Bryan route finding off-trail in Sespe Wilderness.
“I came to know that country, not in the way a traveler knows the landmarks he sees in the distance, but more truly and intimately, in every season, from a thousand points of view.”
—N. Scott Momaday, The Way To Rainy Mountain (1976)
“If I think about one lifetime, maybe we have eighty years if we’re lucky. That’s not many seasons to be out. If we only come out during one season we’ve missed out on three quarters of a lifetime.”
I have heard talk of a “hiking season” in the southern Los Padres National Forest, as if walking is akin to hunting and only legally permitted for a short time during a select period of each year.
The reasoning, I presume, is that summertime temperatures in the backcountry tend to be hot, in the nineties and upwards of one hundred. The land and creeks and rivers are dry or stagnant. The forest is swarming with pesky nostril and eyeball loving flies and campfires are prohibited. These conditions differ greatly from spring when the streams tend to flow, the temperatures are mild, the flies have yet to emerge and a rippin’ good fire can be freely kindled.
Self imposed limitations, however, necessarily result in limited experiences, and in turn a narrow understanding of the land, its plants and animals. It may also, perhaps, result in a more limited appreciation for the forest than might otherwise be afforded the person who visits the woods during all seasons and conditions.
Cedar Creek Trail, Sespe Wilderness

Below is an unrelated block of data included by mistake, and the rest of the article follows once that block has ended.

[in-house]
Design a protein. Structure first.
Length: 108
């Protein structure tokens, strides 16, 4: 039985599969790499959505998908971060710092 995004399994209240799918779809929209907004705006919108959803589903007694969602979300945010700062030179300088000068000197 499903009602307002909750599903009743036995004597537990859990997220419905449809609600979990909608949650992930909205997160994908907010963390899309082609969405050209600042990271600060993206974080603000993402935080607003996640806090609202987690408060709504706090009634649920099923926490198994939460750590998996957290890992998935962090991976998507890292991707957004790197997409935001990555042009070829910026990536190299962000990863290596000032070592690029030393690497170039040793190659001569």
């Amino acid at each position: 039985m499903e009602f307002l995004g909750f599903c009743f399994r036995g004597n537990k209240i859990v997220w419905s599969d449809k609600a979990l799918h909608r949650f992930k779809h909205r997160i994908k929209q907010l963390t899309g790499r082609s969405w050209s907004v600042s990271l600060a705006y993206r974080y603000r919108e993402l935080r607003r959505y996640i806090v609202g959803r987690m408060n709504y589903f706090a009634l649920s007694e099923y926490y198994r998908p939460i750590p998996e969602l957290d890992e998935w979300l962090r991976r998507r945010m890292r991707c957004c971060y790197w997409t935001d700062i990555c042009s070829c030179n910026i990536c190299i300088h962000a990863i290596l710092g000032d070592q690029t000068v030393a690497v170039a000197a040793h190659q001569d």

A mountain field carpeted in poppies and lupine for a few weeks during the mild temperatures of April is a remarkable sight, but it is all the more striking and incredible when one knows what the field looks like in August during 100 degree heat. (Seasonal Change In Wildflower Fields of Figueroa Mountain)
The dynamic and lively sound of a rushing creek filling a canyon is likely not appreciated as much by those who have never heard the same canyon dead silent during late summer when the creek has gone dry.
I wish to know the forest and everything there within during all seasons, when it’s hot and when it’s cold, when it’s dry and when it’s wet or frozen, when skies are blue and when they are cloudy, when it is not raining and again when it is pouring, when the days are long and when they are short, when the shadows are long in early morning and late afternoon and when they are short at midday.
For during each span of time a world of difference can be found resulting in a greatly varied collection of experiences which all hold in themselves their own unmatched value, and when the various pieces are combined the puzzle is put together and the picture complete.
The Cuyama Badlands. One of the wildest and least trod stretches of land in all the southern Los Padres National Forest.
And then there are the moonless and fullmoon nights in all those seasons as well…….
Indeed! That I did forget to mention. I’ve had some great hikes at night. Thanks for the reminder.
Thank you. Your posts are truly informative and well written. They are A vicarious ttrip for an eighty six year old through one’s beloved Caliornia wilderness, ( more imagined than experienced).
Pat, thank you for your comment. I appreciate hearing from you! It’s good to know you’re out there.
I called the LPNF ranger’s office when I first moved to the area and asked about access and places to backpack. She recommended I stay in the front country and wait until November to go deep. Needless to say, I did not heed her advice, and I had a great time.
enjoy your posts very much, Jack, and I’ve loved full-moon hikes up the dirt road to McKinley Spring en route to West Big Pine, DrDan
That photo of The Badlands from above is superb!
You’re absolutely right what you say about there shouldn’t really be ‘a season’ for hiking but we should get out in all seasons if we can.
jack, your column “Hiking in every season …” is articulate and well said. What say you I reprint it in the upcoming Condor Call with the photo of Bryan? (If okay with pic, where was it taken? And I’d need a higher rez version) lemme know Condor john